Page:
In This Forgotten Town, Obama Can Forget About It
This town was bitter before bitter was fashionable.
The Monongahela River Valley lost its steel mills in the '80s and, a quarter-century later, this sad town in the heart of the Mon Valley still hasn't recovered. Its downtown is a collage of crumbling buildings, and its once-proud landmark, the 102-year-old People's Union Bank Building, has signs in the window:
"Bank Repo Sale.
Priced to sell!"
It is, in short, just the sort of place Barack Obama was talking about when he said he wasn't getting the support of blue-collar workers of the industrial heartland because they "cling" to guns and religion out of economic bitterness. It is also the place Obama chose to visit on Monday night, on the eve of Tuesday's primary -- and the reception here explains why Obama, the national front-runner, is expected to lose Pennsylvania.
"I don't care too much for Obama," Maria Norgren, the daughter and granddaughter of steelworkers, said in the parking lot of the Giant Eagle shopping center here, near the Obama rally.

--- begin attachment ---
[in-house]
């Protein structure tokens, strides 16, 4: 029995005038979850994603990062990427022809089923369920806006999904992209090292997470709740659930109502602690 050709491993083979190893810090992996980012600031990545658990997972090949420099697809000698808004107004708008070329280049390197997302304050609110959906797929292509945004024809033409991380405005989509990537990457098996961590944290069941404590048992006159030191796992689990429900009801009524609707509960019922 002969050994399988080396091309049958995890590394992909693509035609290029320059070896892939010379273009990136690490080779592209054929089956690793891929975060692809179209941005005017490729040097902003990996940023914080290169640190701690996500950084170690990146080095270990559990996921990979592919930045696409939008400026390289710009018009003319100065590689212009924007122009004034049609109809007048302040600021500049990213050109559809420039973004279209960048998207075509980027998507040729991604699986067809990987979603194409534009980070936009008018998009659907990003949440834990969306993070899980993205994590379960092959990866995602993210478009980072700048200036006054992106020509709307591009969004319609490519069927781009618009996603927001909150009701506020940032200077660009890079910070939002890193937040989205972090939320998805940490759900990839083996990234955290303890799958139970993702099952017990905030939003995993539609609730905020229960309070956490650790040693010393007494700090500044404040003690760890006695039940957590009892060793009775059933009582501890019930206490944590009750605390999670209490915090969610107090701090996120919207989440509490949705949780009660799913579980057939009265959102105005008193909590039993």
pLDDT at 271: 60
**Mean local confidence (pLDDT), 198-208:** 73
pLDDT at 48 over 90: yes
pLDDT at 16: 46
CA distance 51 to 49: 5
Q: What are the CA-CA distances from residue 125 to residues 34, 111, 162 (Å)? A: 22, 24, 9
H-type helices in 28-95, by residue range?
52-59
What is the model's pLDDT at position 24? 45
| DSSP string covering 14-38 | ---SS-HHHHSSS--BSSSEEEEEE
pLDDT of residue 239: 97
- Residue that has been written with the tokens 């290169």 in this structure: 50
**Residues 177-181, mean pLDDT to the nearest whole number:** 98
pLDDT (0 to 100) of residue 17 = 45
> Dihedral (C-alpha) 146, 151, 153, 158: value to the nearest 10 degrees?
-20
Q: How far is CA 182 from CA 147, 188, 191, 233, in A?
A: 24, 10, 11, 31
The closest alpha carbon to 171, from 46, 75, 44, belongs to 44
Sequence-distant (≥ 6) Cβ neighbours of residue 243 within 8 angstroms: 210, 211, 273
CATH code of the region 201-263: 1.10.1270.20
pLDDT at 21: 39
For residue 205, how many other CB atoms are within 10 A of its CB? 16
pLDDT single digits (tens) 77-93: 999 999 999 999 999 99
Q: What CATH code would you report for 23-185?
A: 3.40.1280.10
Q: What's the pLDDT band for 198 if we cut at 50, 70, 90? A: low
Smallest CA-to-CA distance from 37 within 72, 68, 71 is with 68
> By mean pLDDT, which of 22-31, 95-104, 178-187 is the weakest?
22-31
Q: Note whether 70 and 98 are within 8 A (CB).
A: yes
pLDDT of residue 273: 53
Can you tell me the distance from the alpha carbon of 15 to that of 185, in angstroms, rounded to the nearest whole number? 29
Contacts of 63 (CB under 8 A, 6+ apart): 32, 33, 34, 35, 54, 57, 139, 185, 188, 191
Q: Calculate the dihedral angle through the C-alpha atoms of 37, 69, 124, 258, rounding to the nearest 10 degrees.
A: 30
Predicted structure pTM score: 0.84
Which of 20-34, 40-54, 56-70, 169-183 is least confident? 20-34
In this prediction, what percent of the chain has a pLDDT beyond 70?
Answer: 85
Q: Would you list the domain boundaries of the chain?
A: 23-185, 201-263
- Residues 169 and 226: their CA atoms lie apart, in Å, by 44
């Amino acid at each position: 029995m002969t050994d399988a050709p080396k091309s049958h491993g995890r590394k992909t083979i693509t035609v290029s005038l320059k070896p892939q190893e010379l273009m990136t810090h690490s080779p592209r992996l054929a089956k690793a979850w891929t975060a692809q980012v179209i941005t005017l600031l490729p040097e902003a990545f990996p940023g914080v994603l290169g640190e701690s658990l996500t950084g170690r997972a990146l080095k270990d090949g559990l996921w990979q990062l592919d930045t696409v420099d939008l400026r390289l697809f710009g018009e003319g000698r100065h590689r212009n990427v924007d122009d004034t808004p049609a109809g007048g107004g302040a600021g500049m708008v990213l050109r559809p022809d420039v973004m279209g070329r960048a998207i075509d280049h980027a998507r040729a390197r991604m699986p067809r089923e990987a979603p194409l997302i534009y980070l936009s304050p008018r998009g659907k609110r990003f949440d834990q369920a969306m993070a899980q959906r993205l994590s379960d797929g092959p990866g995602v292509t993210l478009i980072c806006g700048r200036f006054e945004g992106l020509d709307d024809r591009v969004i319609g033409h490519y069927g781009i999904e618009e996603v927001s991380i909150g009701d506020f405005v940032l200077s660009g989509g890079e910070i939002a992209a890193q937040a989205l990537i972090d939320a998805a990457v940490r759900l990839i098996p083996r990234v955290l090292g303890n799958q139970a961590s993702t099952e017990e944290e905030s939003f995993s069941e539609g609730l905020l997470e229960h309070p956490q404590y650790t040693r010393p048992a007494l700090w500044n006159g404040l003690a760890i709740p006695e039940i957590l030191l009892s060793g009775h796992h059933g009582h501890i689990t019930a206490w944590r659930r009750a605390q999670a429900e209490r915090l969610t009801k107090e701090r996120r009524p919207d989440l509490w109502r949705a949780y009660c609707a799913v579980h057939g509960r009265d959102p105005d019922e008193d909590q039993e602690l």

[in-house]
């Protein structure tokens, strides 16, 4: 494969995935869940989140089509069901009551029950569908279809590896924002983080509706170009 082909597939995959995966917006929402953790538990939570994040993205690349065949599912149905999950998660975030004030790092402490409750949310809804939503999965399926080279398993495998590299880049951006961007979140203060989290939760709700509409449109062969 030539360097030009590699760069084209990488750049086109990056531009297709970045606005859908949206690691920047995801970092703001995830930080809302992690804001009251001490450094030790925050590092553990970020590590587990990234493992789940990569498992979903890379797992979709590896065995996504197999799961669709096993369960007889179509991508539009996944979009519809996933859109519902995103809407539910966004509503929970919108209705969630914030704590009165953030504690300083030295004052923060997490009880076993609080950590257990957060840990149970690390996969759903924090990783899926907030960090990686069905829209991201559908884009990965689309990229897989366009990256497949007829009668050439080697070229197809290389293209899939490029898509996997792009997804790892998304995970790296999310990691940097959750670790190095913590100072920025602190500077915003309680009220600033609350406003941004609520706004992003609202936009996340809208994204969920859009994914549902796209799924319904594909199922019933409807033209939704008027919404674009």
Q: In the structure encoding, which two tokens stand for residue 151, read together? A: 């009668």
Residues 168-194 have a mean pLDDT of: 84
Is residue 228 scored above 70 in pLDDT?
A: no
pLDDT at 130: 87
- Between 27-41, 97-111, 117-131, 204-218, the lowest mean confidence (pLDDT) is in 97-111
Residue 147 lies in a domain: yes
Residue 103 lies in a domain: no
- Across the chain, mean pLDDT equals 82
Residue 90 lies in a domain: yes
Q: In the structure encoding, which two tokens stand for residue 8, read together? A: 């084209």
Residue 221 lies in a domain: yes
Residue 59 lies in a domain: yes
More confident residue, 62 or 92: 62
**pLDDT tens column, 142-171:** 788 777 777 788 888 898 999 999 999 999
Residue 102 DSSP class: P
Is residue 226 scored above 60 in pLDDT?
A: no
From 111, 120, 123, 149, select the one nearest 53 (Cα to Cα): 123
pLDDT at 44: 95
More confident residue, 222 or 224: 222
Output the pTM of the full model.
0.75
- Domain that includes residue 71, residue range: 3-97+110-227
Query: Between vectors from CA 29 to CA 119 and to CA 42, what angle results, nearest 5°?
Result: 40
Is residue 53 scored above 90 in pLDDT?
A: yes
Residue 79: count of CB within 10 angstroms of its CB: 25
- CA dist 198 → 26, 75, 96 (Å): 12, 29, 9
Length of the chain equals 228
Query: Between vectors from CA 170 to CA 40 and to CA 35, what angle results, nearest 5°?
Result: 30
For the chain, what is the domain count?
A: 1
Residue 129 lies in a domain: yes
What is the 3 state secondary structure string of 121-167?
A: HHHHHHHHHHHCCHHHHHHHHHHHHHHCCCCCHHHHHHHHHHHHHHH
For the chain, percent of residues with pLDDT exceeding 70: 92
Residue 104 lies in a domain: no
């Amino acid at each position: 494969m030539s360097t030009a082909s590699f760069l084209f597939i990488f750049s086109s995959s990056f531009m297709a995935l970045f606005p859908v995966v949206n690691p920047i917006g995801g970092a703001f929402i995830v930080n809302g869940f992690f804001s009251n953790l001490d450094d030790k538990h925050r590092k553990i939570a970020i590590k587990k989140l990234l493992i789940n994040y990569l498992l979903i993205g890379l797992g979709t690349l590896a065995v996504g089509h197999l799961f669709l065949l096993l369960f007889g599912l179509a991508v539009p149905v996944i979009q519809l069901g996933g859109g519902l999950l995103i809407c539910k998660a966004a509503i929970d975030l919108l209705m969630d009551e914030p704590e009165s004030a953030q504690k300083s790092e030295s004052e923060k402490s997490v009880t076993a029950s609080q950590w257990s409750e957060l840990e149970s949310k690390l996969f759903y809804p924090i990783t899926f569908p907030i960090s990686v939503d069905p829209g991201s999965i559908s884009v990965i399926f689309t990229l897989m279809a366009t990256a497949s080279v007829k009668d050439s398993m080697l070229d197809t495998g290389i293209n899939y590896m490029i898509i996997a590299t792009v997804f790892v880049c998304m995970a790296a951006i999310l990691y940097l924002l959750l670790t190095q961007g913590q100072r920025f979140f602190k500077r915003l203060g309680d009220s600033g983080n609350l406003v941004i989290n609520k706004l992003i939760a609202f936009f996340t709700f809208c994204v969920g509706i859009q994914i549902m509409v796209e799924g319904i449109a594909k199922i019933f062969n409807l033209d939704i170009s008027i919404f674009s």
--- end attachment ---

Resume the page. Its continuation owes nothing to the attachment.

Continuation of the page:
"I don't even think he's American," added her husband, Edward, who lost his job when the steel mills closed and now mans the counter at the Puff Discount Tobacco and Lottery shop next to the Giant Eagle.
"His father's from Nigeria, right?" asked Maria, wearing a Pittsburgh Steelers T-shirt.
Kenya, actually. But the point is the same: The Norgrens, who backed Al Gore in 2000 and John Kerry in 2004, will vote for Hillary Clinton on Tuesday. And if Obama wins the nomination, these Democrats say they'll vote for Republican John McCain, even though they want an end to the war in Iraq, where their soldier-son is about to start his third tour.